September 28, 2010

Nine non-development jobs professional developers would benefit from doing

Nine non-development jobs that professional software developers would benefit from doing once in their lives - not including the most obvious Software Engineer :P

  • Front line technical support - This will teach you that more often than not, business metrics [as flawed as they are from your developer point of view] drive the business, not your idealism towards your software. Your 'skewed' idealistic point of view has no weight in the call centre. This will give you an insight into just how much money large corporations waste on supporting each and every bug your software goes out with.
  • Second line technical support - Dealing with the simplest of problems that front line technical support can't figure out within the definition of their required metrics - i.e. their average call time, calls handled per shift etc.
  • Third line technical support - Dealing with calls from customers that neither front line or second line technical support can't figure out. Of the technical support jobs, this is the most fun. You only get the intriguing problems that nobody else can figure out.
  • Customer service in a call centre - Dealing with random calls regarding software, from "what does it do" to "I have no idea what I'm doing". You will have to find many ways of presenting the same information in different ways because not everyone 'gets it' the way you think they should. This will teach you patience... with a safety net, you can always put the customer on hold and freak out about how stupid they are.
  • Desk side support - Dealing with customers in person, sitting by the customer and fixing their problem for them or showing them how to fix it for themselves. The biggest lesson you will learn from this job is patience - without a safety net, you can't freak out because the customer is right there. Whether you consider the person an idiot or the smartest person you've met in your life, you have to keep an even temper and demonstrate compassion for their situation - even if underneath you're fuming.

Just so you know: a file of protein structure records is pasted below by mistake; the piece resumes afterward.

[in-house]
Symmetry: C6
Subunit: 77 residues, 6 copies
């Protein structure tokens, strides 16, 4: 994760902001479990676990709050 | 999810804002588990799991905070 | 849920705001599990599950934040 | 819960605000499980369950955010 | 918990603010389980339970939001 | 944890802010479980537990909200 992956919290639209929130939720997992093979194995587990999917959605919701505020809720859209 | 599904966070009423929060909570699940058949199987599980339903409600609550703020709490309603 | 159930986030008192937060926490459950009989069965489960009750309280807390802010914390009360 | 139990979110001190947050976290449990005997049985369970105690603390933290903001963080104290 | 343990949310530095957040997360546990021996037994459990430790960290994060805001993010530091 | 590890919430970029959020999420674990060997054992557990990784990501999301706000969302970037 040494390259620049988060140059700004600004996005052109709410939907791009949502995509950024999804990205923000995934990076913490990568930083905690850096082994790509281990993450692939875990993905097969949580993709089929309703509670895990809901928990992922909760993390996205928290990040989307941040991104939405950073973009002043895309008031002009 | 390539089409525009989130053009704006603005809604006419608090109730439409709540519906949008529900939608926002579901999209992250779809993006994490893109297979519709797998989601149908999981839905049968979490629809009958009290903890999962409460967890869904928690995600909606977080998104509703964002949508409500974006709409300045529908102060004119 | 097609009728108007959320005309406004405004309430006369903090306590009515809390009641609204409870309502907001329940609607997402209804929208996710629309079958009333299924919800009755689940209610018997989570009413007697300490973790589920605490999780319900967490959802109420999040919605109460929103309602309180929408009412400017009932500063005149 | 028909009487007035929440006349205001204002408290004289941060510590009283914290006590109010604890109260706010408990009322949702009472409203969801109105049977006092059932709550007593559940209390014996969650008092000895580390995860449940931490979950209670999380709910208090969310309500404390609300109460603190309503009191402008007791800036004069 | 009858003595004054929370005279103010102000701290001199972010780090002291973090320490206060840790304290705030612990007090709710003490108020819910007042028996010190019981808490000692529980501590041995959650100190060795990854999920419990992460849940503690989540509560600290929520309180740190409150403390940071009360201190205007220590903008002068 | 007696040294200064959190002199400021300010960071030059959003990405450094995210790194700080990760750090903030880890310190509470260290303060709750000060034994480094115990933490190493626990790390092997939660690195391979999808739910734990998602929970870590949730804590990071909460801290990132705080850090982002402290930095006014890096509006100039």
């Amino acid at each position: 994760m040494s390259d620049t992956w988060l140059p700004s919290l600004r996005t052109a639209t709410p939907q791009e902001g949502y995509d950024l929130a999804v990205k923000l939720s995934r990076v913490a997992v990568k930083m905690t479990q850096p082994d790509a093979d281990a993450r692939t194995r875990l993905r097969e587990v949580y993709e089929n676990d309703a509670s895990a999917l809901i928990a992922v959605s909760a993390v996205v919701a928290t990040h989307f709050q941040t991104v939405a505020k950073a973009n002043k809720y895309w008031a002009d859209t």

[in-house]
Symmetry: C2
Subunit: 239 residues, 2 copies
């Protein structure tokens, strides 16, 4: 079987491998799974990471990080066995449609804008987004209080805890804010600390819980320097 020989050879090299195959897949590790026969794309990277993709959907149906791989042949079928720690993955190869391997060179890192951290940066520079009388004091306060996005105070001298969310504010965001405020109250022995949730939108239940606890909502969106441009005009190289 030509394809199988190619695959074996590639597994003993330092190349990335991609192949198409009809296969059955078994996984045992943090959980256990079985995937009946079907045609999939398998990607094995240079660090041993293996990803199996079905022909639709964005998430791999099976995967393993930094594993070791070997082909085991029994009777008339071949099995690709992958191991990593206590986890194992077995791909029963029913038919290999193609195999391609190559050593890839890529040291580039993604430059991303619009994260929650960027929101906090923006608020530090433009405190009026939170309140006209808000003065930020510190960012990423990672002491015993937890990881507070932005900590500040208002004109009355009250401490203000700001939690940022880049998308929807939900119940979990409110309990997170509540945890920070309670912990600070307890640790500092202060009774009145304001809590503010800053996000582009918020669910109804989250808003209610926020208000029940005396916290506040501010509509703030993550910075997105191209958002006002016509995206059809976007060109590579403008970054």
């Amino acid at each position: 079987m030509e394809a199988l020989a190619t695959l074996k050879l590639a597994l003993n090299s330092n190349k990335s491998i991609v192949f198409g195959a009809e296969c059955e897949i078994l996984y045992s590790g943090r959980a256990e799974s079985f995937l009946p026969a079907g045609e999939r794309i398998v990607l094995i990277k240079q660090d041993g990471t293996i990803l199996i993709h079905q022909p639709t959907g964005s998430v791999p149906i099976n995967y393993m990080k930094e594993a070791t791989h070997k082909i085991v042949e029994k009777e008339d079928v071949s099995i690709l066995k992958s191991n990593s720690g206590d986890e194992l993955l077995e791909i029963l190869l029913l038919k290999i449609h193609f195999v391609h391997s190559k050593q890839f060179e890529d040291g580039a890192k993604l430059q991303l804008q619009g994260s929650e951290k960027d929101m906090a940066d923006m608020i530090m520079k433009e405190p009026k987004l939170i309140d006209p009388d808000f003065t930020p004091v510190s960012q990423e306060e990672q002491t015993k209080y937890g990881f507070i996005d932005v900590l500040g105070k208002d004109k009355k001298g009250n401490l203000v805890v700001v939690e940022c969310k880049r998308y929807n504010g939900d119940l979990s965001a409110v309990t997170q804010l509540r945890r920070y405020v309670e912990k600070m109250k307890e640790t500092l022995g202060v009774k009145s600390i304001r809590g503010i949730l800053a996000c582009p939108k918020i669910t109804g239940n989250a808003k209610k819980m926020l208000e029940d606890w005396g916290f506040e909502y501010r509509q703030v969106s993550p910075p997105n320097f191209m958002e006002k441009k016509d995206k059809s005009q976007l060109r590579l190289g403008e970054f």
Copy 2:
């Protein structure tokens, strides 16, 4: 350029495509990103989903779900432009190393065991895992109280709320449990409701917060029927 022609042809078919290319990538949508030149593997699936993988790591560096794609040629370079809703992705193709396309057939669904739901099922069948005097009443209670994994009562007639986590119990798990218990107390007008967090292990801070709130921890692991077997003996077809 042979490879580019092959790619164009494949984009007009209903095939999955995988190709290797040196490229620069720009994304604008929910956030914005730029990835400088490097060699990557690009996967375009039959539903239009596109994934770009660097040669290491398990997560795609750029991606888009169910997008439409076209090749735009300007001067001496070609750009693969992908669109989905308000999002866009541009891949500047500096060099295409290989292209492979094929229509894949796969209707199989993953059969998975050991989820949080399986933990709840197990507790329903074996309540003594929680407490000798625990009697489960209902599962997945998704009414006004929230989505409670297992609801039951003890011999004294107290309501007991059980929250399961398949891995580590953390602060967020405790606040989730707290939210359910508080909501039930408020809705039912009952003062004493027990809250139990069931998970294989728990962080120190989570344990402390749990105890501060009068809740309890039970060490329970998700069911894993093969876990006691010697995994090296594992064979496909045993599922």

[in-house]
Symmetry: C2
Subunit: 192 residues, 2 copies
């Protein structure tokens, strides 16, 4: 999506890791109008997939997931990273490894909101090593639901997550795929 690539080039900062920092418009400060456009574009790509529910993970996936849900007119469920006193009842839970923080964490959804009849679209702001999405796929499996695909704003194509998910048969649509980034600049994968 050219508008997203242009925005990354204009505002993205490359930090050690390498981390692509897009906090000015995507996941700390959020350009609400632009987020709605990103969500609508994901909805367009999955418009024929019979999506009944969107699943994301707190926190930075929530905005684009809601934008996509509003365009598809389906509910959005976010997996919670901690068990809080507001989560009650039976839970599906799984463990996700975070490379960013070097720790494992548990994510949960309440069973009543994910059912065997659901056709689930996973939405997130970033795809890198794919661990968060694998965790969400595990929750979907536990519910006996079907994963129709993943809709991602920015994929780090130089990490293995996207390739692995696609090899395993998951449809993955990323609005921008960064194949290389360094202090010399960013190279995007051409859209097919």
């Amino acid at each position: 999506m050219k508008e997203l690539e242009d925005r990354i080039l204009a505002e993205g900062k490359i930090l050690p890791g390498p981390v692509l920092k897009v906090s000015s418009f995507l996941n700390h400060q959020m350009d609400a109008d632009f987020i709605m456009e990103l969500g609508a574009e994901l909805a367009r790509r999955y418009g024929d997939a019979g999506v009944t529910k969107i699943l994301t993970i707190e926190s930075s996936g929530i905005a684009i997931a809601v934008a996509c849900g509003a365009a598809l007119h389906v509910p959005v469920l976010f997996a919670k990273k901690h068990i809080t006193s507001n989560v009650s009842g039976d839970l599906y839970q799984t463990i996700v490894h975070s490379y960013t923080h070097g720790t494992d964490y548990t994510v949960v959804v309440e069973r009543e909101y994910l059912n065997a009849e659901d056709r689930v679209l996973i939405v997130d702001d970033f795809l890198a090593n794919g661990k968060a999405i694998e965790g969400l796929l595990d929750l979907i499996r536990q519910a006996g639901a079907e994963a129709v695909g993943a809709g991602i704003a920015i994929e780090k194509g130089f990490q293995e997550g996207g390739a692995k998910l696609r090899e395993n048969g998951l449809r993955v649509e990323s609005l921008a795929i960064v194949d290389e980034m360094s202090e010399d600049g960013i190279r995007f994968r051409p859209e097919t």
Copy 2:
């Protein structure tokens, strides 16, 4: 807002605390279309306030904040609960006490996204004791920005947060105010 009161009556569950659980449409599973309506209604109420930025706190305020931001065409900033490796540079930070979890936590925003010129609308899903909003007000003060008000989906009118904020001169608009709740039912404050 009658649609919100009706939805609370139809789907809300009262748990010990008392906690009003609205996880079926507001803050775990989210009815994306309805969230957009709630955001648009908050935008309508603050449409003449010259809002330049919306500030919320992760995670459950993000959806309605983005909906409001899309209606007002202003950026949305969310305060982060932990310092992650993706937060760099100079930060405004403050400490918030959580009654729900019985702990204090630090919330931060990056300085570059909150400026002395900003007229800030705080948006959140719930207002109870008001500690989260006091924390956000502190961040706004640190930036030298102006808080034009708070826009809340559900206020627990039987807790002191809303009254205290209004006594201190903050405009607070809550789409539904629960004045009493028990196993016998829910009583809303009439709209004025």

• Retail sales - The customer is important. This job will teach you many things: Personal interaction with unfamiliar people, body language, anticipation of customer needs and the value added upsell.
  • Integration specialist for someone else's software - Going to client sites and installing software into their production environments. This will teach you what happens in corporations once your software makes it into the wild. Just because it works on your test servers, with your test data doesn't mean it's going to work in the wild, on someone else's server, under someone else's control, with their data. It will also teach you the lengths you need to go to in order to integrate your software with other business applications.
  • Graphic Design - What's the point being able to make great software if it looks ugly?
  • Typesetting/Copy writing - What's the point in being able to make great software if nobody can read it?

If anyone's got any other non-development jobs that would be useful for rounding out a professional software developer, please comment! :)